Speaker Myths

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Speaker Myths

Postby Scott DeVarenne » Sat Mar 28, 2009 8:02 pm

I am trying to understand. Please help me. So much BS everywhere.

http://www.preference-audio.com/phaseplug.htm
First paragraph:
"In any conventional loudspeaker, the highest frequencies of audio emanate from the area around the center of the cone
and the lower frequencies are produced by the area of the cone that is farther from the center. In fact, the distance
from the center at which a sound wave will come off a loudspeaker cone is directly related to its frequency.
This helps explain why larger cone loudspeakers are usually capable of producing more bass."

Total bullshit, right? Right?

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Re: Speaker Myths

Postby Malcolm Boyce » Sat Mar 28, 2009 8:16 pm

Scott DeVarenne wrote:Total bullshit, right? Right?
You are correct...

There is much more to a driver's frequency response than diameter.

There is something to be said for localization of high frequencies in the center of a driver, but I think that's were that article leaves the fact highway.

Drivers all the way down to less than an inch can reproduce the bottom octave of "audio". At a low level of course, but I think that is a good indicator of the relationship between diameter and frequency.
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It just fills Forum pages..." --compasspnt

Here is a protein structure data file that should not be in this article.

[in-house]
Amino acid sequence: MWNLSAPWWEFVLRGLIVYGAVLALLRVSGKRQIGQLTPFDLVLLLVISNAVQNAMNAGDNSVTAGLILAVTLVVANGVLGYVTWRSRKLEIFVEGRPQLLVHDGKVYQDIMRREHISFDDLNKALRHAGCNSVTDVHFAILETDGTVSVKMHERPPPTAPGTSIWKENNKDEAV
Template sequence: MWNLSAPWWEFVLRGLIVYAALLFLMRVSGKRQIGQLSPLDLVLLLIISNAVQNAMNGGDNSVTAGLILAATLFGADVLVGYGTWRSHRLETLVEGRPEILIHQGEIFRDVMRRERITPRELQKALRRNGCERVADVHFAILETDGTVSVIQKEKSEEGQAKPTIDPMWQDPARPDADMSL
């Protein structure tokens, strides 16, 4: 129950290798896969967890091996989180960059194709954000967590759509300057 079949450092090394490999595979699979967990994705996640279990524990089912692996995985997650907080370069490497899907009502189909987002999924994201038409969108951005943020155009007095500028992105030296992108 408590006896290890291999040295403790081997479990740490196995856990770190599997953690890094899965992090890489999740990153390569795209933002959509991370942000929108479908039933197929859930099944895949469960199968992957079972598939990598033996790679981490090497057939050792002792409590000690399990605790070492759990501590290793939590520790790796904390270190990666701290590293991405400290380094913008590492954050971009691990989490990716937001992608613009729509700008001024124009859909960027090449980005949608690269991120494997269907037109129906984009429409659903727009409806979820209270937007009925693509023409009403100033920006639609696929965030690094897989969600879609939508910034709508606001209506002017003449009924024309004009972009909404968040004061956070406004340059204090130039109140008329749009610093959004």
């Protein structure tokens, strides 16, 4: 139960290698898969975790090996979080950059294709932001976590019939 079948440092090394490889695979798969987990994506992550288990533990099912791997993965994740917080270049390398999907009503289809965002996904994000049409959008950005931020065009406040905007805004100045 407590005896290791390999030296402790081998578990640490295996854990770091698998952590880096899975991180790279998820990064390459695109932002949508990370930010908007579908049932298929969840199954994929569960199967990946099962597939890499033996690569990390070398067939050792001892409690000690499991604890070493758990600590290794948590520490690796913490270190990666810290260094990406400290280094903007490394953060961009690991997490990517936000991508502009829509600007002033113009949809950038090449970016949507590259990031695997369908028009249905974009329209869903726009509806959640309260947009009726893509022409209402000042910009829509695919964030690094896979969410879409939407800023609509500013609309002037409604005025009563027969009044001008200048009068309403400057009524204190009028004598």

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Postby macrae11 » Sat Mar 28, 2009 8:21 pm

As with all of this type of crap, there are grains of truth spread out to give an air of legitimacy.
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Postby Scott DeVarenne » Sat Mar 28, 2009 8:22 pm

This makes more sense to me:
"Second, all frequencies are radiated from all moving parts of the cone. When you place a mic at the center of the cone, it is closest to equidistant from each point on the cone. The distances that sound must travel from each point on the cone to the mic are very similar, and therefore the contributions from each part of the cone sum coherently. When you place the mic in an off-center position, the distances that sound must travel from parts of the cone to the mic vary over a much wider range. This causes phase and amplitude differences between arrivals from different parts of the cone. The phase differences cause cancellations, and, due to their shorter wavelengths, the cancellations are greater at higher frequencies. "- Jay Mitchell.
http://www.thegearpage.net/board/showth ... 956&page=3
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Postby Scott DeVarenne » Sat Mar 28, 2009 8:36 pm

Also, I don't question that the phase plug effects how sound radiates from a speakers.
I am speculating that it works in a similar fashion to this:
http://www.webervst.com/blocker.html
It's pretty much just a dust cap mounted on a stick.

I am trying out the foam doughnut thingy.
http://www.thegearpage.net/board/showth ... p?t=470956
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